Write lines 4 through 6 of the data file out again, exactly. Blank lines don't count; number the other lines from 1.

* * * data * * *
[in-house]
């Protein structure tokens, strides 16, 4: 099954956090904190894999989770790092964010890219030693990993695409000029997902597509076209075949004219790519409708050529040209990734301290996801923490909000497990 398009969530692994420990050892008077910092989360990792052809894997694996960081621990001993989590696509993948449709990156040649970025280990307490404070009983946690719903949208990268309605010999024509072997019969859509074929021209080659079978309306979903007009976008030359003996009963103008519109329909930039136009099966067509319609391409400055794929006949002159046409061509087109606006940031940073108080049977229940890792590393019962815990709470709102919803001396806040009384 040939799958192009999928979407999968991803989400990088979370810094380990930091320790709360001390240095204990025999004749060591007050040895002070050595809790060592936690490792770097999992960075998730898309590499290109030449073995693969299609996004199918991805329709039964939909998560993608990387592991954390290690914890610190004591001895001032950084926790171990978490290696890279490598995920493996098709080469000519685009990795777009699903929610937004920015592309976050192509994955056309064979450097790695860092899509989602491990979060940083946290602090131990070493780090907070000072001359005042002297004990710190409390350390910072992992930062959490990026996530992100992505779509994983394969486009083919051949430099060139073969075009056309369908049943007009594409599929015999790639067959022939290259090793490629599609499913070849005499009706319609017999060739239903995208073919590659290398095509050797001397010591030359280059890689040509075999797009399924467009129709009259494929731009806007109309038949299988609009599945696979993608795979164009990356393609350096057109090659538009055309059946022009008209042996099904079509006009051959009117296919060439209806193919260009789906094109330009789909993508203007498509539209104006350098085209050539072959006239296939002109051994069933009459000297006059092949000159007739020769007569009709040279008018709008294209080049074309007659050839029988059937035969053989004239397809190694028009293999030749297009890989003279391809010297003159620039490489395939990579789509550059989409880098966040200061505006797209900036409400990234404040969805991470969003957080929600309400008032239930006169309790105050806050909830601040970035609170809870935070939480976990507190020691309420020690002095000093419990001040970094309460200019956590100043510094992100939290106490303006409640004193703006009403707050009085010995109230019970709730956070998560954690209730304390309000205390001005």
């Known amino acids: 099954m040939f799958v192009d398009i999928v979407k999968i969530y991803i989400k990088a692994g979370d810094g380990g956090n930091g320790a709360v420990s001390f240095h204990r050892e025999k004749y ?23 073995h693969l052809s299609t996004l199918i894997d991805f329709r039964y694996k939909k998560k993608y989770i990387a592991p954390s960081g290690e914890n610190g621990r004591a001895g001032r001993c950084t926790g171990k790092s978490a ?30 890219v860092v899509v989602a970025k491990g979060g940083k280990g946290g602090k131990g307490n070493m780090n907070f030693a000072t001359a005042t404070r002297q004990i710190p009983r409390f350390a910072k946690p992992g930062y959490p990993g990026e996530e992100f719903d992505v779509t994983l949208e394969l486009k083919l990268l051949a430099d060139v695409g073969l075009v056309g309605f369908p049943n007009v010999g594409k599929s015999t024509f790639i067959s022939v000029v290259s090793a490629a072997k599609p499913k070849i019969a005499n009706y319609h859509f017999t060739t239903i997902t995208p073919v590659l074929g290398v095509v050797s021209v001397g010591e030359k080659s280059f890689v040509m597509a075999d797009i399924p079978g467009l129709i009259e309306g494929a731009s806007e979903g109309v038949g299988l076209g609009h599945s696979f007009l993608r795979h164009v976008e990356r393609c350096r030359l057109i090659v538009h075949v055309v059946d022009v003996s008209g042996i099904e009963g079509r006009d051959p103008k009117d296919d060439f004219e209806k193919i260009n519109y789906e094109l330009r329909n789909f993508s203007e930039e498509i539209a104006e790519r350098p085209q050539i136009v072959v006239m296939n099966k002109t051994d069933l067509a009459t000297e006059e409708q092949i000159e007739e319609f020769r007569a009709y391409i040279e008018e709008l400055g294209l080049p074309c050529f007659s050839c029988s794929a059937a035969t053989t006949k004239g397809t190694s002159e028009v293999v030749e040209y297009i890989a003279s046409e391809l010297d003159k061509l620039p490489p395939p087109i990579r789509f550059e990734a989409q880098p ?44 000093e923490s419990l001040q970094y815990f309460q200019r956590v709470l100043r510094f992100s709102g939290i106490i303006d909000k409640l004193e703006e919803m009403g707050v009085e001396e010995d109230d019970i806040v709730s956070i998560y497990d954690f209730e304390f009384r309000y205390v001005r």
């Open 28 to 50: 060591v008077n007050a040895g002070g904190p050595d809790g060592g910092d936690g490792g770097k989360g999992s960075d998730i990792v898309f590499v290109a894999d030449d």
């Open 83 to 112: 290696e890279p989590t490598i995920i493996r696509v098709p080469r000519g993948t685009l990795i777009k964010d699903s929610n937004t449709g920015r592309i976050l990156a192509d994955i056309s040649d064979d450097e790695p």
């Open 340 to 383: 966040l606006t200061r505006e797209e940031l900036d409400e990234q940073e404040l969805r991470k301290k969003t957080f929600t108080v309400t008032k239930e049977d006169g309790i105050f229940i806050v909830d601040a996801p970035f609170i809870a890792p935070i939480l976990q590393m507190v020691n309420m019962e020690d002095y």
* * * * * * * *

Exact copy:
């Open 28 to 50: 060591v008077n007050a040895g002070g904190p050595d809790g060592g910092d936690g490792g770097k989360g999992s960075d998730i990792v898309f590499v290109a894999d030449d």
């Open 83 to 112: 290696e890279p989590t490598i995920i493996r696509v098709p080469r000519g993948t685009l990795i777009k964010d699903s929610n937004t449709g920015r592309i976050l990156a192509d994955i056309s040649d064979d450097e790695p």
């Open 340 to 383: 966040l606006t200061r505006e797209e940031l900036d409400e990234q940073e404040l969805r991470k301290k969003t957080f929600t108080v309400t008032k239930e049977d006169g309790i105050f229940i806050v909830d601040a996801p970035f609170i809870a890792p935070i939480l976990q590393m507190v020691n309420m019962e020690d002095y």